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Rob Ellin

Rob Ellin

· Time to read: ~11 min

This interview was first in the Podcast Business Journal newsletter, with the latest podcast news and data. Subscribe free today.

Rob Ellin is CEO, founder and chairman of LiveOne — this interview has been lightly edited for style and readability

Our Editor, James Cridland, spoke to Rob earlier this week, before their latest earnings data.

RE: We acquired PodcastOne and we continue to acquire, as you saw with the acquisition that we announced of Kast Media and now with Fantasy Guru. And I think you’re going to see more of those. You’re going to see the podcast industry rolled up. There’s going to be a real consolidation. I can easily see us buy three or four more podcast businesses in the very near future.

JC: What’s the thing that excites you about audio so much? Why get into audio when you’ve got all these live events as well?

RE: I’ve felt for a long time that radio is a melting ice cube. It’s just a matter of time. And digital radio now has an opportunity.

It’s so important that people have different opinions. It’s good to have different opinions and learn from people. I think that digital radio is giving that voice a real opportunity. And that’s why I focused on Slacker, which is a lean back experience, where we have 500 curated radio stations. We had such an opportunity to partner with Norm Pattiz. Sadly Norm passed away [in December 2022] but he was one of the great geniuses in the history of radio in finding hosts. We became friends - I was always a fan of his. I want to see people with different opinions, and I want to see people voice their opinion, and people to be able to challenge that opinion. It’s really important for society, around the globe. I think it’s going to be critical for this next election - having people with different opinions that are so extreme on both sides is very dangerous.

JC: Having talked about audio, of course, you’re launching PodcastOne TV later on in the year. Where do you see the future going there in terms of podcasts and video?

RE: Podcasting has gone from 200 million to 1.6 billion? That’s still in the first innings of where podcasting is going? You’re watching the habitual behavior of consumers move more and more to podcasts. We’ve grown from seven sponsors to over 700 in three years.

There’s always that joke - “you have a face for radio” - but there’s also a lot of hosts that have crossed over between radio and video. Now you’re watching video explode. And I think it’s just going to continue to grow. I’ve talked about second windows - podcasting becoming TV shows and movies. We just did a digital live show with Adam Carolla - I think there’s just so many opportunities for podcasters. This is a big opportunity for video, and the acquisition of assets from Kast Media has really expanded our video dramatically.

JC: So how is that acquisition of “certain assets of Kast Media?” - how’s that going?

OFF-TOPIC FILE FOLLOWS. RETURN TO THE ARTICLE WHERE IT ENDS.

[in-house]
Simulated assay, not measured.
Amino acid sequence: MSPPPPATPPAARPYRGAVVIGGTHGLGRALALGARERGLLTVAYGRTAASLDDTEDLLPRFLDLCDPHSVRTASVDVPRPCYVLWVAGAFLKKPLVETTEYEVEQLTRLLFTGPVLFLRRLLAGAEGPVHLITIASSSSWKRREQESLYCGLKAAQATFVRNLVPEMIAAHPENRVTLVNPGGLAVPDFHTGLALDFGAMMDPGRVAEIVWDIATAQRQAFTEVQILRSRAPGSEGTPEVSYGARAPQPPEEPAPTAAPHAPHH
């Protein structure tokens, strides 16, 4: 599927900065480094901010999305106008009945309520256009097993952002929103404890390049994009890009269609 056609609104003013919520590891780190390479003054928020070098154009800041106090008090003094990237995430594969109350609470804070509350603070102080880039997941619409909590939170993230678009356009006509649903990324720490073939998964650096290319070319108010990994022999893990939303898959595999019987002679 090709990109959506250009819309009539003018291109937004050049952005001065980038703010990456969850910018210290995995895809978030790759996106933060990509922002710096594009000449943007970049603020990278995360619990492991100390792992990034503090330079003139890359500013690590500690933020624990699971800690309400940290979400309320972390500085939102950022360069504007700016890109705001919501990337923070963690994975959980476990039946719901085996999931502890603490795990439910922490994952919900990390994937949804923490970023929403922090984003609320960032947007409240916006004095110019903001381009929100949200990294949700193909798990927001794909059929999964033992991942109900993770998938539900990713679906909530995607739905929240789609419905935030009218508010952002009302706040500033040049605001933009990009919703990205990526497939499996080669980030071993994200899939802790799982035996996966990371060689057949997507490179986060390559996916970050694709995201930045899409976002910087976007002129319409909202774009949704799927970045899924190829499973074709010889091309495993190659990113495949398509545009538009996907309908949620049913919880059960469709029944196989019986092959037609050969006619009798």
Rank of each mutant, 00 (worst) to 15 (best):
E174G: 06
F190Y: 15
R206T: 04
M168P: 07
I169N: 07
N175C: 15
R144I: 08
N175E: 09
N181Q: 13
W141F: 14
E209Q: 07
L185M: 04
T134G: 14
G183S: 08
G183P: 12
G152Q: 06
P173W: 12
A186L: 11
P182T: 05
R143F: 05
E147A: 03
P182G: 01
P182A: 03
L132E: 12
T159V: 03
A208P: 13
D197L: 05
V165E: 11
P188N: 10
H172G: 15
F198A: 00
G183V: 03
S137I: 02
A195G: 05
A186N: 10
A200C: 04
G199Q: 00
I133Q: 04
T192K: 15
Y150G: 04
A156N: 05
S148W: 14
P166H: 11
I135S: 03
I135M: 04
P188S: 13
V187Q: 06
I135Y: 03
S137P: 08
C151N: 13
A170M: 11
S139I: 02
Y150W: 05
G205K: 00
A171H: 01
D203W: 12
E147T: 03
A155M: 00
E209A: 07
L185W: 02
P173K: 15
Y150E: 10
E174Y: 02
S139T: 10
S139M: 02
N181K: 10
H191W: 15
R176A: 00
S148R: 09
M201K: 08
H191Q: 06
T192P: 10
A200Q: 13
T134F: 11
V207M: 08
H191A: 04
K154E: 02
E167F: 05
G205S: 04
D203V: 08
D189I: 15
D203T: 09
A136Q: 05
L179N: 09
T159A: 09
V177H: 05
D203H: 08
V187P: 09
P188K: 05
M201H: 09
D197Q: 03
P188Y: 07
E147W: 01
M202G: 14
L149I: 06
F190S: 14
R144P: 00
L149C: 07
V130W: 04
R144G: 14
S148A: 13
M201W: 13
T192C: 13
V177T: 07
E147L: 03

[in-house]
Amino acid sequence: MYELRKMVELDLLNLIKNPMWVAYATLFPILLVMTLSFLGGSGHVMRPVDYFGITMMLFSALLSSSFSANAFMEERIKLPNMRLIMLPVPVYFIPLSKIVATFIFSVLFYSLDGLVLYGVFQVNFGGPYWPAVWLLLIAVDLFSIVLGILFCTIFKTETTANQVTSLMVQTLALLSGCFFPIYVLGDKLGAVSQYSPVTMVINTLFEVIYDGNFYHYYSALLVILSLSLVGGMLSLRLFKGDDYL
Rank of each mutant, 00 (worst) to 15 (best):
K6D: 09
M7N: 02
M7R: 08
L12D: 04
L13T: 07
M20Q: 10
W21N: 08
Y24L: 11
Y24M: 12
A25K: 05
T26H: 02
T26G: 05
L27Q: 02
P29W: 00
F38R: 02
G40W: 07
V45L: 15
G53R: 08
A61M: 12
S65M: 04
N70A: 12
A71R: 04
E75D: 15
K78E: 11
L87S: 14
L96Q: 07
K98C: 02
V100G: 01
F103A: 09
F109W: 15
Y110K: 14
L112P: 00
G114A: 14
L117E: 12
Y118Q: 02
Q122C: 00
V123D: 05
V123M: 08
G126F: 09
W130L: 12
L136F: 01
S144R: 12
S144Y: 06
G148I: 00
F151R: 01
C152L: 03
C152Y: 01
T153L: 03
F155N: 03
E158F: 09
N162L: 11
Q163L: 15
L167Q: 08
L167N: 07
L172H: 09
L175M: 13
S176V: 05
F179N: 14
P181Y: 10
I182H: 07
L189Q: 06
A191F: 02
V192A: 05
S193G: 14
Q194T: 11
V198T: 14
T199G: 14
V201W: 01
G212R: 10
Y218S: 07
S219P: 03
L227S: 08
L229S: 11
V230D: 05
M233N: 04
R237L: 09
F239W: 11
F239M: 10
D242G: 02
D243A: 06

RE: When we bought PodcastOne, it was a distressed asset. Luckily they had Norm behind it, so they had unlimited money - he could bail them out each time. But this is such an early stage for this industry. And Colin [Thomson] is a wonderful guy. He’s super talented, but he got himself caught in a rough situation where the banks pulled out - venture capital pulled out. And there was no money left for these small companies, unless you sold to Spotify or Apple - all those companies they bought were losing their shirts too.

Today, whether it’s Audacy, iHeart, there’s a lot of pain going on right now. If you have debt, you’re in pain. But if you can’t get money, you’re in a lot of pain.

So we stepped in and we said, - hey, this guy put together one of the greatest lineups in podcasting. Rob Dial, and Brendon [Schaub], and Whitney [Cummings] - it’s just a massive lineup, and you got to give them a lot of credit. But you also got to help them, right? And we couldn’t just step in and bail them out of the problem. We had to slowly try to fix as much as we could. So, whoever wants to come and be a real partner and change the economics - the 80/20 deals are all before, they’re never happening again, there have to be fair deals where both partners can make money.

We’ve done terrific so far. We’ve announced a couple of new shows, including Some More News. Millions of dollars are moving over. We said it could be as high as 10 million, and I would say we’ll be halfway there shortly. There’s no reason we can’t get all the way there.

We’ve spoken to every podcaster. We’ve offered really fair deals - equity in our IPO to help them. They have got to decide for themselves whether or not they want to go to another platform. No other platform is going to pay them for the past, they’re only going to work with them in the future. It has to be a win for everybody. I really hope more podcasters come over. Even if they just come for the distribution platform, they could get paid. We’ll all run it for them - we’ll help you, and if you get to know us well, and you get to see what we do, nobody’s going to leave. You’re not going to see a small company that is more entwined and entrenched with their creators. We’re a white glove, hands on, partnership. We’re going to keep holding their hands and keep growing with them.

We’ve gone through tough times with Podcast One before we acquired it. We made it clear to them you cannot move with a fistful of anger. You have to move over where you are truly in partnership with us, and all of us want to grow and build together and do something great together. And if we do something great together, we make history together. You are going to make your money back.

JC: So the acquisition is around shows. It’s not about the staff of Kast Media. It’s about the shows and the creative?

RE: We looked at all their assets. We don’t want people to lose jobs. We want to try to help them.